The reason that so many adults can’t keep track of money is that they never learned to take care of money during their formative years. Don’t make this mistake with your kids. Start teaching them how to deal with money while they’re still young. If you’re not sure where to start, then take a look at these four tips.
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Set a Good Example
Your kids learn about money from you, whether you know it or not. How you spend money, how you talk about money and how you react to difficult financial situations all teach your kids something about the topic. That being the case, make sure that you deal with your money with integrity. Avoid using credit cards to pay for everything. Talk about budgeting with them. Explain why you must save up money to get the items you want. Their financial literacy starts with you.
You could even try a family saving plan where everyone contributes any cash they find to a big jar that you can put toward a fun vacation or other incentive. This can make the idea of saving seem exciting instead of like a chore.
Set Up a Savings System for Them
Financial guru Dave Ramsey tells people not to get their kids a piggy bank. Instead, he suggests that parents give their kids a glass jar to put their money in. Seeing the money grow in the jar encourages them to continue saving their money. Having to take money out of their jar to buy things they want shows them that things cost money and that you have a finite amount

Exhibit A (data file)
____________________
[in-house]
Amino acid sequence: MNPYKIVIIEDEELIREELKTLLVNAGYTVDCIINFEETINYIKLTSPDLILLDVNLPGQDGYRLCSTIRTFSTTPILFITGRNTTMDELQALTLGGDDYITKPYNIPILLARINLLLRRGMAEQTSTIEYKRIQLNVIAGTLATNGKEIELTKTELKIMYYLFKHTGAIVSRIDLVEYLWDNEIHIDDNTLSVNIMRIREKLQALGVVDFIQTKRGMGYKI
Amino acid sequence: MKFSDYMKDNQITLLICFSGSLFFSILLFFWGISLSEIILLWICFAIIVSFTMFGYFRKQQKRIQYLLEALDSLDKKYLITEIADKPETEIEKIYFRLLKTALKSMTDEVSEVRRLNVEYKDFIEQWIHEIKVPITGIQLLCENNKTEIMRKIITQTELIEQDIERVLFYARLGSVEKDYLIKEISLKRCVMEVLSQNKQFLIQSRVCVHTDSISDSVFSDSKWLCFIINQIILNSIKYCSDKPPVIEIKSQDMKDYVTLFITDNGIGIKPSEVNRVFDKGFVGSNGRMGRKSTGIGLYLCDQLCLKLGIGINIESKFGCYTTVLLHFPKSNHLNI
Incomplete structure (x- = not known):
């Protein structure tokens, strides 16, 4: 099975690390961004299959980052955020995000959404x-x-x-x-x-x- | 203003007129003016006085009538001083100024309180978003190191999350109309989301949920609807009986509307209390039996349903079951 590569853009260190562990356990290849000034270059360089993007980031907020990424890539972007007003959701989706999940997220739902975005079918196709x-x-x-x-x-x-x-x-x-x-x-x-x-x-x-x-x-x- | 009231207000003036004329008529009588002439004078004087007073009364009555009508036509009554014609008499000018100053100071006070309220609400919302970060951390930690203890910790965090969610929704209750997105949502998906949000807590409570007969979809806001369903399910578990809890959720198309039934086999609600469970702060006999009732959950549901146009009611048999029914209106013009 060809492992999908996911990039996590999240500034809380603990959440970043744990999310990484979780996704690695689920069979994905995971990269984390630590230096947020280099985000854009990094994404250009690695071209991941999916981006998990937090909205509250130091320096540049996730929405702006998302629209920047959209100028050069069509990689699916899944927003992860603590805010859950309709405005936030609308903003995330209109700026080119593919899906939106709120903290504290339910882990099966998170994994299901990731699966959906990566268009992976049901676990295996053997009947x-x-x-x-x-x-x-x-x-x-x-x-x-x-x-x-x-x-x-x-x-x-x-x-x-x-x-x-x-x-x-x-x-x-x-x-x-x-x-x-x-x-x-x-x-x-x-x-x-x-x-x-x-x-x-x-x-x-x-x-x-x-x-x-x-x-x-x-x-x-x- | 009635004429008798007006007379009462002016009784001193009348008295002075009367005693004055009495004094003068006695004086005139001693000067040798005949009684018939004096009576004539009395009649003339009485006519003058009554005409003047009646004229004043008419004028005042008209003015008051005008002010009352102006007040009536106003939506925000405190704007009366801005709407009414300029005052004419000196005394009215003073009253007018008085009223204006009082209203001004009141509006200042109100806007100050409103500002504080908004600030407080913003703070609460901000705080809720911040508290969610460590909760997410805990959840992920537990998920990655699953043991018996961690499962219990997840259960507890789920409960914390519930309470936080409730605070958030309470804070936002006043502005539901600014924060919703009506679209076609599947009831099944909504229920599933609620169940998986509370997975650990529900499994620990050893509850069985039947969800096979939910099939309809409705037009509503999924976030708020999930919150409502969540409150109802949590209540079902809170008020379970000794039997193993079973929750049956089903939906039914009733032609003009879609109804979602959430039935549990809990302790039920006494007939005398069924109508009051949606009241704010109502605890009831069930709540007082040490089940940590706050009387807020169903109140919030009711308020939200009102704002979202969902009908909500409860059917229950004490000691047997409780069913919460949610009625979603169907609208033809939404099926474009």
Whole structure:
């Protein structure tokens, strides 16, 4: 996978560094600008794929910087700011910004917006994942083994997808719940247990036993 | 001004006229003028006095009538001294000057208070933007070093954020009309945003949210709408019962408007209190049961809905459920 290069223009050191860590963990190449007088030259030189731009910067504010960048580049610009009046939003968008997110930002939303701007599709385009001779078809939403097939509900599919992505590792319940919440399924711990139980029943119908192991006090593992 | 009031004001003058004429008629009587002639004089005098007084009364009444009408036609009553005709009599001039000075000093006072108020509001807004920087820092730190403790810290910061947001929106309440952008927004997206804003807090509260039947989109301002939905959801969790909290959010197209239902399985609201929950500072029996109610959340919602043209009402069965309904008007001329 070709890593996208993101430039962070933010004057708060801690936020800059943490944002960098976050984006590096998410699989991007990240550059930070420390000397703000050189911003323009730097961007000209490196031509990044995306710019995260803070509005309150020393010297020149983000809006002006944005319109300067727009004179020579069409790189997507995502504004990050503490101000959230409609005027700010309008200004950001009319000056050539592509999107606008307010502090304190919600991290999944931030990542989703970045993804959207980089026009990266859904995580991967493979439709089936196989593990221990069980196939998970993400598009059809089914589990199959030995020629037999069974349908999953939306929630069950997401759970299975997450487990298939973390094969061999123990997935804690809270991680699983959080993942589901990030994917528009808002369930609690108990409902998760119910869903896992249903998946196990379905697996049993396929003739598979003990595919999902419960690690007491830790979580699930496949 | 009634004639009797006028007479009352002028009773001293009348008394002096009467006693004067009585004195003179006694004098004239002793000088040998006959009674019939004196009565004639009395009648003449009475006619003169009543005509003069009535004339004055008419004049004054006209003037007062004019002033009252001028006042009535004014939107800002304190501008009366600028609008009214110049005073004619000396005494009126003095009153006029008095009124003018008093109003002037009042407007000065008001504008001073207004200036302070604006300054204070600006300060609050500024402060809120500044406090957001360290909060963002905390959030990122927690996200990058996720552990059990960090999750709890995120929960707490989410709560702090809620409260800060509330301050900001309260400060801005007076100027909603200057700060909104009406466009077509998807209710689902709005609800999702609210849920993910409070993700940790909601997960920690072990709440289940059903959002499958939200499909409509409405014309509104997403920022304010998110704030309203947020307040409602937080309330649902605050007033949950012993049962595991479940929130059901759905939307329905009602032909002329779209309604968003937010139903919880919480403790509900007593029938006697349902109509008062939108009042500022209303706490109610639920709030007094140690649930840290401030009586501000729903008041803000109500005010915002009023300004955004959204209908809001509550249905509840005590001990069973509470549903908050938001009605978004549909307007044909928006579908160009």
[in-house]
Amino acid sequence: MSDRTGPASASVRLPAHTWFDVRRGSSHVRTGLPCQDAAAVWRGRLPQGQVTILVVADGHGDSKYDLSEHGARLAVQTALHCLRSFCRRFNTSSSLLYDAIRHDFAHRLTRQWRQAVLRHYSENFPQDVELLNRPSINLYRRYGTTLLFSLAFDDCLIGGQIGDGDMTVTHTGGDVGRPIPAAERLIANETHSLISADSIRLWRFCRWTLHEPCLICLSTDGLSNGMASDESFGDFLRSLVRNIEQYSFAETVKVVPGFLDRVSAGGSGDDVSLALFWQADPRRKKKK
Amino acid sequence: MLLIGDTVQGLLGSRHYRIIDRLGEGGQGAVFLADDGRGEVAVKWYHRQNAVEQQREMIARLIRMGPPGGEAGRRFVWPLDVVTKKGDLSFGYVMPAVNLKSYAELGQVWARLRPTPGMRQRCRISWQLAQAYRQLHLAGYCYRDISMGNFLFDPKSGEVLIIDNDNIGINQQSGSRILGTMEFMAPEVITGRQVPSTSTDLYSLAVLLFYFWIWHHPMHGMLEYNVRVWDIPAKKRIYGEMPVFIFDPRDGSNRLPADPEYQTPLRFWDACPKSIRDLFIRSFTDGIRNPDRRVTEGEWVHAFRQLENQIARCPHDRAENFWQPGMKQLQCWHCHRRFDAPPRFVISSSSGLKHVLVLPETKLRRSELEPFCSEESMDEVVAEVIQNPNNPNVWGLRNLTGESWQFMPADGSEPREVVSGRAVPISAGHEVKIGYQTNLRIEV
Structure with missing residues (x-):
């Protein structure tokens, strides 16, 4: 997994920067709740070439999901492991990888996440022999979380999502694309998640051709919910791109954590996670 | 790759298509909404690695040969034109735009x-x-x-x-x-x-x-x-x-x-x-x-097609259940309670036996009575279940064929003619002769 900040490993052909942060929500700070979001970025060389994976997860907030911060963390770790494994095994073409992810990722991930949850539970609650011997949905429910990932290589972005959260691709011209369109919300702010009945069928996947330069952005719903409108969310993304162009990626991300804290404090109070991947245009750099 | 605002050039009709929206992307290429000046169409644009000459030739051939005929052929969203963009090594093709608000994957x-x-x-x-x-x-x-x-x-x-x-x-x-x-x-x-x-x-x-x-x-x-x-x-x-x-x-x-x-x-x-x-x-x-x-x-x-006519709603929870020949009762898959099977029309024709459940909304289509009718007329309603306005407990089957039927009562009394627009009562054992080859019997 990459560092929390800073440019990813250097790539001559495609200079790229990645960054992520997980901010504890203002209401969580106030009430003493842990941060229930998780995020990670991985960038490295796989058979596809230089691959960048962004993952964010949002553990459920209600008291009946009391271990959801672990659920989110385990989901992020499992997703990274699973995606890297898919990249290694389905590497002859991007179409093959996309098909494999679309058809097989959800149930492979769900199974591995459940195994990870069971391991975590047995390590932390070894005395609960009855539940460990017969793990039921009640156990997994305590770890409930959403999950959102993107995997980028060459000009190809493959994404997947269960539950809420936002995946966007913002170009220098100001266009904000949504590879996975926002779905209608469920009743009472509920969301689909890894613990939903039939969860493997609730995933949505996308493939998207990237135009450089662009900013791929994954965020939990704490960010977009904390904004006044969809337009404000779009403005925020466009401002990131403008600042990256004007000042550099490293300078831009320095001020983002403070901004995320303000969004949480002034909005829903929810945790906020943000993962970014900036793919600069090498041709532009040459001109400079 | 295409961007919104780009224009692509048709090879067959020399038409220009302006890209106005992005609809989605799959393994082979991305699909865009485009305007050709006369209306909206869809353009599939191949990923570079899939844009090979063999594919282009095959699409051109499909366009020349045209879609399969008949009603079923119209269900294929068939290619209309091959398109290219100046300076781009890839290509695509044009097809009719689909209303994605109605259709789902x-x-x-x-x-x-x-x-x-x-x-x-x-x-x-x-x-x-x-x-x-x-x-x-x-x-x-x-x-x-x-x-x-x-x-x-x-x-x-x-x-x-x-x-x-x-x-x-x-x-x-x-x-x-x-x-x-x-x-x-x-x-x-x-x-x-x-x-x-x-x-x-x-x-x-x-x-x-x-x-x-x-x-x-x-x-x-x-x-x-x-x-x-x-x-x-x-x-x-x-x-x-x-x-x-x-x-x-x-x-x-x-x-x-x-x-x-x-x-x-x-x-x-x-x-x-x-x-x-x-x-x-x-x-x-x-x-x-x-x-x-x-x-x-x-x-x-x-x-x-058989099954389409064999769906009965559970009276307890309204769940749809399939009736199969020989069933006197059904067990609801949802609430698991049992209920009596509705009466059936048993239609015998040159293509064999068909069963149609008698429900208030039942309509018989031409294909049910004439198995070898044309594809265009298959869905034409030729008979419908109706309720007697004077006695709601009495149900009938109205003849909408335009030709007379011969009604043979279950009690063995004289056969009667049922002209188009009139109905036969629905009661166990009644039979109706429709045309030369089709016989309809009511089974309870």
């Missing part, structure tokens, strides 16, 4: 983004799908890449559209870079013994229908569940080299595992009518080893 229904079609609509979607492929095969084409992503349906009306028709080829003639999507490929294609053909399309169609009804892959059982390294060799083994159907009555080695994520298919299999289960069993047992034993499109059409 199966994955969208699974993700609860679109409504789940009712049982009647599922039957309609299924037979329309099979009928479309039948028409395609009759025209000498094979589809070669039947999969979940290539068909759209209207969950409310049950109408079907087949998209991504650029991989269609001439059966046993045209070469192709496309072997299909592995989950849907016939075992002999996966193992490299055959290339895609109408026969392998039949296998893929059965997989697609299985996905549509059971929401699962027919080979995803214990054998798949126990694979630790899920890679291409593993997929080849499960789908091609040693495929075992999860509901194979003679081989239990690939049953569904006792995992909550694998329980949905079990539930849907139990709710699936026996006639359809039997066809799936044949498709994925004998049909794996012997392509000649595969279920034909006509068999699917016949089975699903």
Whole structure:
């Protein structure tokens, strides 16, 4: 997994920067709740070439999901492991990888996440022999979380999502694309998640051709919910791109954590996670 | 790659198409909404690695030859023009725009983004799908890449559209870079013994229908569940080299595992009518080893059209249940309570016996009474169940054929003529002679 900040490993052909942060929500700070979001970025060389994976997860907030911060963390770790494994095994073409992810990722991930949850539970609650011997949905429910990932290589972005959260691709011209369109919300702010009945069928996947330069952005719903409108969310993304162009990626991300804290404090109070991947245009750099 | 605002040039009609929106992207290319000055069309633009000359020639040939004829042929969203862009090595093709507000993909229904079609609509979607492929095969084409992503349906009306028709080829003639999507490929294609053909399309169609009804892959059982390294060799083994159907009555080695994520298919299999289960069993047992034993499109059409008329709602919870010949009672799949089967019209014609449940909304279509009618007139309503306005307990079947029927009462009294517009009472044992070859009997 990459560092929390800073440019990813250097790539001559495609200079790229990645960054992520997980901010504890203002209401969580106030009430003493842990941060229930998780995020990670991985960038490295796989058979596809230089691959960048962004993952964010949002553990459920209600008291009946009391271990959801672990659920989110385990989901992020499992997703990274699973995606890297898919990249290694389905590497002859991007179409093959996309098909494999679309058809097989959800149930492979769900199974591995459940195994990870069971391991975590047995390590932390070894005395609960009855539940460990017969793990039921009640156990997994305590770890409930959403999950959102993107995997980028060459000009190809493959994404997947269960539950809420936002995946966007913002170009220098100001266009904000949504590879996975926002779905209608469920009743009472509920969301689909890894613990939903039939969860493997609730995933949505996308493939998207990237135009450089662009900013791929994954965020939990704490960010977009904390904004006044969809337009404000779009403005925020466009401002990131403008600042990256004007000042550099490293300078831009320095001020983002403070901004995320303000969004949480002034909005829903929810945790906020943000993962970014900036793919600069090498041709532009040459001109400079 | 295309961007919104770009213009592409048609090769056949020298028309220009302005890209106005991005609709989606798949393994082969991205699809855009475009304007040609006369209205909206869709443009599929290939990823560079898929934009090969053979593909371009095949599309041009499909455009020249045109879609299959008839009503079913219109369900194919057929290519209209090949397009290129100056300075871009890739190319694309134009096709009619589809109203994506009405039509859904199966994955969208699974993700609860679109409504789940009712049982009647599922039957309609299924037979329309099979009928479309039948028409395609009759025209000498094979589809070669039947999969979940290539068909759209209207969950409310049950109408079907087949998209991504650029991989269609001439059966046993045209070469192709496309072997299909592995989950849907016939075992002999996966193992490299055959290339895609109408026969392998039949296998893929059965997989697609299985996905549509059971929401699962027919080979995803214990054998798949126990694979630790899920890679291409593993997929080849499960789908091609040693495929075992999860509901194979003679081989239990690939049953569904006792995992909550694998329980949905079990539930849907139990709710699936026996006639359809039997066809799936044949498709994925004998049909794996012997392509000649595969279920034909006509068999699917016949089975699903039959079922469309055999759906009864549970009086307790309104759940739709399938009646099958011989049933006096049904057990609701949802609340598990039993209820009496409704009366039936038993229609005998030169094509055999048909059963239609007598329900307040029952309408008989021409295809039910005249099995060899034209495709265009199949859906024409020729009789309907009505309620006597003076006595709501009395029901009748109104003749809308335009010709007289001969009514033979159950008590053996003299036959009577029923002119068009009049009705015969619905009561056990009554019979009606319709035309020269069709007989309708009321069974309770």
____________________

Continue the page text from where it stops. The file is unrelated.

Once kids get older, the glass jar can be converted to a different savings system, like an investment account for kids. The important thing is to teach them to save and to teach it to them early on in life.
Encourage Them to Earn Their Own Money
Working is a fact of life. Learning how to work and earn money isn’t something that your kids should learn once they get to adulthood. Ideally, it’s something they’ll learn throughout their lives. When they’re young, offer to give them money for doing extra chores around the house. When they’re older, encourage them to mow lawns around the neighborhood or to babysit for some extra cash. When they’re older still, encourage them to find an after-school job or to start a little business of their own. Each of these steps teaches them valuable things they’ll need to know about functioning in the world of work when they get older.
Teach Them How to Budget
It’s not enough just to earn money. A person needs to learn how to take care of it to be a fully functioning adult. As it is with learning how to earn their own money, learning how to budget shouldn’t be something left for adulthood. Teach them first about how you keep your own budget to give them a real-time glimpse into adult budgeting. When the time comes, teach them how to set up their own budgets to keep track of the money they’ve earned from their various work endeavors.
Learning how to take care of money should be a lifelong habit. If you have kids, then you’ll want to teach them to start caring for their money early on in life. It’s okay to start with lessons about money even when they’re under six. The important thing is to be consistent and to teach them money lessons that are appropriate for their age. If you do this throughout their lives, then your kids should have solid money skills by the time they reach adulthood.